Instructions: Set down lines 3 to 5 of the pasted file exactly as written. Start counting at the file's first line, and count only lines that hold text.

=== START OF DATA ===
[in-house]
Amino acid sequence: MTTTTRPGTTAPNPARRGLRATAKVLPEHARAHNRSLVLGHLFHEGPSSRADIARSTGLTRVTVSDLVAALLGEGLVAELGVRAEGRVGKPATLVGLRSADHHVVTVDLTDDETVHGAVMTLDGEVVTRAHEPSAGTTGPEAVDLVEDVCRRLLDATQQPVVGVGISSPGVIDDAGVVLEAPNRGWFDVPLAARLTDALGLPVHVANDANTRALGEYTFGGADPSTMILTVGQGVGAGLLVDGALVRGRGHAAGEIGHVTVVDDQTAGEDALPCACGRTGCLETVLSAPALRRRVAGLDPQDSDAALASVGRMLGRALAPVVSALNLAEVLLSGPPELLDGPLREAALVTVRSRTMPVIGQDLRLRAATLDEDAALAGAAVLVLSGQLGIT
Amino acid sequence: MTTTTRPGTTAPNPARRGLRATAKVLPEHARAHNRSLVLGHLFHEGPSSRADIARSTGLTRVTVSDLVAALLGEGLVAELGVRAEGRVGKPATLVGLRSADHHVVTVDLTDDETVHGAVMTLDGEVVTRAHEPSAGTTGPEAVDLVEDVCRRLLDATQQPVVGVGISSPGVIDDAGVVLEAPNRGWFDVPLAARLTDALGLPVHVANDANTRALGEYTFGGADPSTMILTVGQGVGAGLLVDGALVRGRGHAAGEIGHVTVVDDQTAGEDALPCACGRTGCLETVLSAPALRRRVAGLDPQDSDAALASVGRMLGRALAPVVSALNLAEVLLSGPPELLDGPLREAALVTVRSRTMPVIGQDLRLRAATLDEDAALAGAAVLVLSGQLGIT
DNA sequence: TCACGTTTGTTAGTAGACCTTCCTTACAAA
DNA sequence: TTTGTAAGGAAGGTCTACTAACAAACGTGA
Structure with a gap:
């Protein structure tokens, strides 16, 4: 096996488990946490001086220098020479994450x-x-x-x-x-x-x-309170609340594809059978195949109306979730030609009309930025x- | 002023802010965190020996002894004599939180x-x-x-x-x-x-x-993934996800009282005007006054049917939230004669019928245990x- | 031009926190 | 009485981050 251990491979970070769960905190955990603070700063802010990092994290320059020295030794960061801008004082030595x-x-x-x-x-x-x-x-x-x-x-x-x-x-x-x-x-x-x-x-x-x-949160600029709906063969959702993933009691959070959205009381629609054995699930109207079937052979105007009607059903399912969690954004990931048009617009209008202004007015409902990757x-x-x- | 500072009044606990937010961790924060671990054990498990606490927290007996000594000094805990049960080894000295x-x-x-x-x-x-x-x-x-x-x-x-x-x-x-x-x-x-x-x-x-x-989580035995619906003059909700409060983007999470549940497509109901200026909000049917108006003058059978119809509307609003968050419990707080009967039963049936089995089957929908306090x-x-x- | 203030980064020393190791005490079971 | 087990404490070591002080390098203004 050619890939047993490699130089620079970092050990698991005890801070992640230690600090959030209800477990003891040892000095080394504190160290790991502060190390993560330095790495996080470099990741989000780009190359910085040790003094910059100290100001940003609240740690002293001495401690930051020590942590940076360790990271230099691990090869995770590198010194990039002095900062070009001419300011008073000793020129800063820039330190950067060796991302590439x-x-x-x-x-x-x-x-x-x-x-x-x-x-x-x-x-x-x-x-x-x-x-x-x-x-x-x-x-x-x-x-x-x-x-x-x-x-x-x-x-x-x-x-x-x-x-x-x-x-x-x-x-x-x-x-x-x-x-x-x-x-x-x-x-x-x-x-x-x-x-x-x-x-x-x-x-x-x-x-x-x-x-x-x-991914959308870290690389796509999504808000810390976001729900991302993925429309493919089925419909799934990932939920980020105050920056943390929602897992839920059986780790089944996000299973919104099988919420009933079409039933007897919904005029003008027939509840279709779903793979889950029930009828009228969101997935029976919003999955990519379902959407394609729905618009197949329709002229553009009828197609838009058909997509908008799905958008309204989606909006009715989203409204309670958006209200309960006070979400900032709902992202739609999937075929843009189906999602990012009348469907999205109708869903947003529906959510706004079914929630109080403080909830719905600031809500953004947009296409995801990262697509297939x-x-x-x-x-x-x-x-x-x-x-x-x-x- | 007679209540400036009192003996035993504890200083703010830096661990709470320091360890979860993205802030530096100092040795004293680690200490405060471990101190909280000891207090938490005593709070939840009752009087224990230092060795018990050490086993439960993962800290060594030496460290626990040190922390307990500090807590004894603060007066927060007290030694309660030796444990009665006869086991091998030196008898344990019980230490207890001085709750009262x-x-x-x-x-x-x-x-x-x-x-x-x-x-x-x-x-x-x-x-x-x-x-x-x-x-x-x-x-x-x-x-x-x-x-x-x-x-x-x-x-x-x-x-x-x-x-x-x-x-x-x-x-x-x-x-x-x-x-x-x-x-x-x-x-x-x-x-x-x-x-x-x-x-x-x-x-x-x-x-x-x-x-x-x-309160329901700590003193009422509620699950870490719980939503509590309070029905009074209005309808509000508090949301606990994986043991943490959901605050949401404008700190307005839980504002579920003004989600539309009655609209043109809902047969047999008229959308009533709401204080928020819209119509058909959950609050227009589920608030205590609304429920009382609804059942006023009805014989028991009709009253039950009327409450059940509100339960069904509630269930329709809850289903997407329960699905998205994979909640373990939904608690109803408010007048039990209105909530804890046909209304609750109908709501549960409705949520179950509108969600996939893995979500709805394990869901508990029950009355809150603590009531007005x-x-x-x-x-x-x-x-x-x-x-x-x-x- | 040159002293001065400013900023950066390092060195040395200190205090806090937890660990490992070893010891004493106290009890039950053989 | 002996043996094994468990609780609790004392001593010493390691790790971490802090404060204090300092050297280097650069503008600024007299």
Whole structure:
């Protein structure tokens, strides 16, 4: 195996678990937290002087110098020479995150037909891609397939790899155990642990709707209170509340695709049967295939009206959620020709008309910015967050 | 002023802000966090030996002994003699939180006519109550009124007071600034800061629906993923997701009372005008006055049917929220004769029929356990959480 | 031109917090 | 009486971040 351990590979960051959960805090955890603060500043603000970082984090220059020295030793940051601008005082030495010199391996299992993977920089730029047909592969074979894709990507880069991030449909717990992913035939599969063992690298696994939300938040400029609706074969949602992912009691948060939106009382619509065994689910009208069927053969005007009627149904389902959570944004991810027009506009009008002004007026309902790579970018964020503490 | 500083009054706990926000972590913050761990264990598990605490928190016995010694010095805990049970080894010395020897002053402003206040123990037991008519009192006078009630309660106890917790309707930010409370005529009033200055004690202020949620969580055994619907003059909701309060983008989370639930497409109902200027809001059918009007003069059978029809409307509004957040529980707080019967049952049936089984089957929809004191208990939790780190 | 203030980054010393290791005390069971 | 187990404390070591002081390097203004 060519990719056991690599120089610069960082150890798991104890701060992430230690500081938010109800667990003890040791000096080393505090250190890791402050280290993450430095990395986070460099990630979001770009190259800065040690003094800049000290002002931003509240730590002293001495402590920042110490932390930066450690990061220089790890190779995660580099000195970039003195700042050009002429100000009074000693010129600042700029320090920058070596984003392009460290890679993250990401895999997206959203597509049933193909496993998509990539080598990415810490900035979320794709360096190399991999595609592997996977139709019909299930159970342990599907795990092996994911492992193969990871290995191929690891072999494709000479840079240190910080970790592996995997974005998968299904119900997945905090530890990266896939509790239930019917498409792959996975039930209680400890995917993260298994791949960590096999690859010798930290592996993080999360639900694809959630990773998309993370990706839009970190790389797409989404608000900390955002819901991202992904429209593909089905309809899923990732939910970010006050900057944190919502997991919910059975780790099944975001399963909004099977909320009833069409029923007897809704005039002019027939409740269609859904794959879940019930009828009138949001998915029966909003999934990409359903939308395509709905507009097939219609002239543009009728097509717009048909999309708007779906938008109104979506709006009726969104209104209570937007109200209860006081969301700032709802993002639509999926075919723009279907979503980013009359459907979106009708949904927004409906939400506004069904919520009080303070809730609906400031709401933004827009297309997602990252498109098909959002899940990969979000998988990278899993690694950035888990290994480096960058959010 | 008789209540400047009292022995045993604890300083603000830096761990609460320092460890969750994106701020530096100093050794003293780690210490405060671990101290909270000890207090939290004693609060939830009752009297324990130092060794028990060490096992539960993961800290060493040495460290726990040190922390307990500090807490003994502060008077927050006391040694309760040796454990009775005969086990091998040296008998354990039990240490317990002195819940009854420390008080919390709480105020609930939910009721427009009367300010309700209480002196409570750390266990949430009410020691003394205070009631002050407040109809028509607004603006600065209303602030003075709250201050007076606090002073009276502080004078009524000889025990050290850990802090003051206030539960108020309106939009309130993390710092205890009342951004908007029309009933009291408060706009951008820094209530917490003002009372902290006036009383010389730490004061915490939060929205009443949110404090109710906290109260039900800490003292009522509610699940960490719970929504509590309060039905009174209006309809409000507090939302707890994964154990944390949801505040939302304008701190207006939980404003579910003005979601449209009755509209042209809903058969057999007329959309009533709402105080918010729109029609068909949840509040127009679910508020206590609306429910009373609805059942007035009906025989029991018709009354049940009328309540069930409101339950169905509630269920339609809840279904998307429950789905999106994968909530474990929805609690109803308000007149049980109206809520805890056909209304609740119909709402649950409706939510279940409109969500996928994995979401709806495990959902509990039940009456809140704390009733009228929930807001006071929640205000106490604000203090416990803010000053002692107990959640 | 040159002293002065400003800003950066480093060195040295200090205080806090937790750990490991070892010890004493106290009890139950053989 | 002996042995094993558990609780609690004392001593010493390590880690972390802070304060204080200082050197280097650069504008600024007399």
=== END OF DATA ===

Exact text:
Amino acid sequence: MTTTTRPGTTAPNPARRGLRATAKVLPEHARAHNRSLVLGHLFHEGPSSRADIARSTGLTRVTVSDLVAALLGEGLVAELGVRAEGRVGKPATLVGLRSADHHVVTVDLTDDETVHGAVMTLDGEVVTRAHEPSAGTTGPEAVDLVEDVCRRLLDATQQPVVGVGISSPGVIDDAGVVLEAPNRGWFDVPLAARLTDALGLPVHVANDANTRALGEYTFGGADPSTMILTVGQGVGAGLLVDGALVRGRGHAAGEIGHVTVVDDQTAGEDALPCACGRTGCLETVLSAPALRRRVAGLDPQDSDAALASVGRMLGRALAPVVSALNLAEVLLSGPPELLDGPLREAALVTVRSRTMPVIGQDLRLRAATLDEDAALAGAAVLVLSGQLGIT
DNA sequence: TCACGTTTGTTAGTAGACCTTCCTTACAAA
DNA sequence: TTTGTAAGGAAGGTCTACTAACAAACGTGA